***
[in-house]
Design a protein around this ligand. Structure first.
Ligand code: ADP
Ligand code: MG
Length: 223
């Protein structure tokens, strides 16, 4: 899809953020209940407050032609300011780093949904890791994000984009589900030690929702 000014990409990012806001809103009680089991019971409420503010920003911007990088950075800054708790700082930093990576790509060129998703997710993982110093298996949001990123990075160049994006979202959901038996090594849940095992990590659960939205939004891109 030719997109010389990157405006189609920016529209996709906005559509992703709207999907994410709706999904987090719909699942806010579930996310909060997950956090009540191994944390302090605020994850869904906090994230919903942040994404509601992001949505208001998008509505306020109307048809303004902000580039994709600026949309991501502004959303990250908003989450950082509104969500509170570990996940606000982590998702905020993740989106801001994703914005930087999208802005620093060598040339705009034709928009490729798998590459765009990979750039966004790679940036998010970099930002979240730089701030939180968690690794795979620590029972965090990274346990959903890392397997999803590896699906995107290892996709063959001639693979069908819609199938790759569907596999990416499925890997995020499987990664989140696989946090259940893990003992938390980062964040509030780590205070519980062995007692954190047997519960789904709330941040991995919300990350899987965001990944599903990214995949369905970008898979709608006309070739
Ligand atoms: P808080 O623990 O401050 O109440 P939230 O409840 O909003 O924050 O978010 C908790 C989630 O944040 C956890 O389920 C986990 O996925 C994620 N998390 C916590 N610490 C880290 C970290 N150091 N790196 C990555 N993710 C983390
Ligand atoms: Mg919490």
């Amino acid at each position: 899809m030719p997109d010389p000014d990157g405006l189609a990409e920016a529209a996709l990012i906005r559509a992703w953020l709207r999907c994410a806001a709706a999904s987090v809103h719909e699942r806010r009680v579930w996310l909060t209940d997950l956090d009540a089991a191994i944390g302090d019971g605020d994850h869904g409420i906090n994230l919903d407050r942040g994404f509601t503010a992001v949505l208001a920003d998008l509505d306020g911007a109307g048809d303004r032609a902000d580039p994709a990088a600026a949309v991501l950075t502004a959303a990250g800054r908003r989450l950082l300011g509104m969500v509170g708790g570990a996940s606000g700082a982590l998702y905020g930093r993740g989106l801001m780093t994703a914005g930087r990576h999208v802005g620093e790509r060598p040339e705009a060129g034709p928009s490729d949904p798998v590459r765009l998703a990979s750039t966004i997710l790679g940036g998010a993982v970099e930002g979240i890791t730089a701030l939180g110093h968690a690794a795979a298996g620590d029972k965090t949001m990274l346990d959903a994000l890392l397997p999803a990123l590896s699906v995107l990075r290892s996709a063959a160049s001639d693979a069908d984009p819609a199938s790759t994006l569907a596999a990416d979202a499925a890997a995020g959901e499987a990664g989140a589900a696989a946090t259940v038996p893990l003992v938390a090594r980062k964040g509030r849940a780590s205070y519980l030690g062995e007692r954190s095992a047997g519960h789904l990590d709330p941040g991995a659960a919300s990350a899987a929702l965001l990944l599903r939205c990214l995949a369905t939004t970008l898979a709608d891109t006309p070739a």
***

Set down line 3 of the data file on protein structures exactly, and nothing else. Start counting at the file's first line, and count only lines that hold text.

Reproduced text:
Ligand code: ADP